Written By: Brittney Phillips | September 8, 2020
There has been an increase in the demand for “safety glass” and other glazing products to keep homes and commercial buildings safe.
One of the major safety concerns for commercial building owners has been forced entry. While large doors and windows are essential and aesthetically valuable for such buildings, burglars often target these parts, which are the Achilles heel of homes and buildings.
As such, glass companies continue to come up with better glass products to meet the needs of safer glazing products required by commercial building owners.
Laminated glass and tempered glass are the two common glazing products used in the prevention of forced entry. Commercial building owners need to understand the differences between the two glass types before choosing the best one for their needs.
Before we get into the differences between these two types of security glass products, we’ll first take a look at some characteristics that define each of them and will then compare these characteristics to give you a rough idea of when it’s better to use laminated and when tempered glass.
Breakage pattern on laminated glass
Laminated glass is created from two pieces of tempered or regular glass, between which is a layer of clear plastic film. The glass is first treated to eliminate the existence of any air bubbles/pockets and is then heated for the first round of melting.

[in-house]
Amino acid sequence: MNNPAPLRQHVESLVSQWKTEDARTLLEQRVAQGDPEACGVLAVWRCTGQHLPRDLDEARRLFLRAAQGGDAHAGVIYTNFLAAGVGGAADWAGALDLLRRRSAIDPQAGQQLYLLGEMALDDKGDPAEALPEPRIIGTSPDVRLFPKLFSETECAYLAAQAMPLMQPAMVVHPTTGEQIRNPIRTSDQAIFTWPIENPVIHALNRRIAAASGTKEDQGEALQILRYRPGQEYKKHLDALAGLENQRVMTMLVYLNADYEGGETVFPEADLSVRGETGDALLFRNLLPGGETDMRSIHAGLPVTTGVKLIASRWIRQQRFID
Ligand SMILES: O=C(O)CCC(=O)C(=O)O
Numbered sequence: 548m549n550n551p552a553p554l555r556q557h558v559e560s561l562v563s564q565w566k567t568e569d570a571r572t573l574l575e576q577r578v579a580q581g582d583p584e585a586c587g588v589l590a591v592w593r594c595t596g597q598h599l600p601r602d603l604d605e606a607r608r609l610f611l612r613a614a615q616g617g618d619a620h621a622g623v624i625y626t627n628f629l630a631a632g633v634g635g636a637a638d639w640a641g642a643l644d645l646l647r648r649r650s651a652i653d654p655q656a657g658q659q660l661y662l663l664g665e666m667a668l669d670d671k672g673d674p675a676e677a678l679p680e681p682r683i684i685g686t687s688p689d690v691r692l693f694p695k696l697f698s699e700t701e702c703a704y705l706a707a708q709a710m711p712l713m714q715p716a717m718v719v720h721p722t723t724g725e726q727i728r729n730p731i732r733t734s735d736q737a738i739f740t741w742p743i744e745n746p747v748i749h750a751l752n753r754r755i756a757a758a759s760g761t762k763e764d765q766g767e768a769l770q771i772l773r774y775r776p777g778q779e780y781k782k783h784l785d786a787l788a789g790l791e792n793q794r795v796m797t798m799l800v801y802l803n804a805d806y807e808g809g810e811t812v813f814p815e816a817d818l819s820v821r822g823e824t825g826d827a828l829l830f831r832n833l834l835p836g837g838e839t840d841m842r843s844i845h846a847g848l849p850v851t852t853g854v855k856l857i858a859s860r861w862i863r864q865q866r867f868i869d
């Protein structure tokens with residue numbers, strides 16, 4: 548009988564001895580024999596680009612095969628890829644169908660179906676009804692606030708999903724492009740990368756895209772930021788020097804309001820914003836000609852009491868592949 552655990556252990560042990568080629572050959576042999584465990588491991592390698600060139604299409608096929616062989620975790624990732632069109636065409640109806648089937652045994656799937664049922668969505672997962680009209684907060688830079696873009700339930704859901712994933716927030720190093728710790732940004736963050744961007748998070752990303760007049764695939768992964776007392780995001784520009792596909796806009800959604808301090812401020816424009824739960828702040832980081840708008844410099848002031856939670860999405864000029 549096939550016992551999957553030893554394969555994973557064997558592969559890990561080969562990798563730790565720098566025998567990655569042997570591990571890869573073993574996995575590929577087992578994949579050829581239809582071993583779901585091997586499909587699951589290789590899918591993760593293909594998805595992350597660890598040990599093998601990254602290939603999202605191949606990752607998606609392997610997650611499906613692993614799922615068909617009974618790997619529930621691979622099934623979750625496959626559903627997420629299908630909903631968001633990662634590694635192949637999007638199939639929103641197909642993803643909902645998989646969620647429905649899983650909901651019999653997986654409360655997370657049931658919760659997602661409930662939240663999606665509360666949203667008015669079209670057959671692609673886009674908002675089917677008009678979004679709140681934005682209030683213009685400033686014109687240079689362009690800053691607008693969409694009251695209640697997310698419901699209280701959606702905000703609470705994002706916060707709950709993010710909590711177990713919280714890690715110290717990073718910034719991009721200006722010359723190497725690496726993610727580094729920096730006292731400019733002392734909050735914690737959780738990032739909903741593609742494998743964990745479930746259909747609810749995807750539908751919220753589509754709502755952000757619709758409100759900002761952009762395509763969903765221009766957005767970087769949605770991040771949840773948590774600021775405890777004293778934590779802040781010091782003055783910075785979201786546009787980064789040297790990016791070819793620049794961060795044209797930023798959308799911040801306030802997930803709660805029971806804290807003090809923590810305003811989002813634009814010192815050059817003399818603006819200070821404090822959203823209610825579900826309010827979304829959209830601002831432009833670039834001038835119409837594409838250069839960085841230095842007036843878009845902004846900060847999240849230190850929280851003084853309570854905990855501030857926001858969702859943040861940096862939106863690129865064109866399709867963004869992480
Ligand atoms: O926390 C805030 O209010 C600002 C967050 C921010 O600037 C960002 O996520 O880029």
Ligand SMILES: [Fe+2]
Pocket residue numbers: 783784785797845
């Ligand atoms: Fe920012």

After this initial process, the glass is heated again but this time under pressure to finalize the glass product. Stronger laminated glass can be made by adding more layers.
Laminated glass can be very slightly stretched (not in a rubber band way) so that it can be placed in its position properly.
Laminated glass was originally designed for use in vehicle windshields to reduce the frequency of injuries in victims of car accidents. When one side of the glass experiences an impact, only that side will shatter, not the entire glass. The pieces also stay together after one or two impacts (depending on their severity) so the risk of injury is minimal.
Laminated glass also provides soundproofing of high-frequency sounds, and on top of that, it also blocks 97% of ultraviolet radiation.
Fun Fact: Minor impact damage in laminated glass can be repaired by using a special clear adhesive resin.
Laminated glass can be found in all kinds of forms and ‘locations’, including as windows of tall buildings, balconies, skylights, frameless glass railings, and vehicle windshields. Certain commercial business owners may also request laminated glass if the sound levels are too high outside of the building.
Breakage pattern on tempered glass
Tempered glass is a piece of traditional (ordinary/annealed) glass that is heated and cooled to give it its safety properties. This heating/cooling process is called ‘tempering’ which is where the name ‘tempered’ glass comes from.